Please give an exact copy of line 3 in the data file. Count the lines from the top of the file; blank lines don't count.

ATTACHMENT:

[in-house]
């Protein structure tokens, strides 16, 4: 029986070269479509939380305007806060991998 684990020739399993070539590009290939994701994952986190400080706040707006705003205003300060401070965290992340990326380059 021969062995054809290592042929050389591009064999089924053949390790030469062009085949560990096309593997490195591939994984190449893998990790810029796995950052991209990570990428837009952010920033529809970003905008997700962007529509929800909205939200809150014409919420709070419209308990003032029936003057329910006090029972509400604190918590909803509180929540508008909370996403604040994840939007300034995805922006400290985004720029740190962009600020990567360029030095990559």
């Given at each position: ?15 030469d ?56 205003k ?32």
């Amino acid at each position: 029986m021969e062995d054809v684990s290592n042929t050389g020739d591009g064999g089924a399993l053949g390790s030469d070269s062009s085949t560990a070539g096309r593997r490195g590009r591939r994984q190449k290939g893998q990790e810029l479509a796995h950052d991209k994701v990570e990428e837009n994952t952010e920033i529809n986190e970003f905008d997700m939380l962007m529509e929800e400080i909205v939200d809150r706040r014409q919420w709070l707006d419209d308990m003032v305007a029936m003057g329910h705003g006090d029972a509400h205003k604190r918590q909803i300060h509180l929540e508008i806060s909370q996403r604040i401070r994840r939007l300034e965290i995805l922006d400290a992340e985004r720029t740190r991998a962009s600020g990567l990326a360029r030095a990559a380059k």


């Given at each position: ?15 030469d ?56 205003k ?32």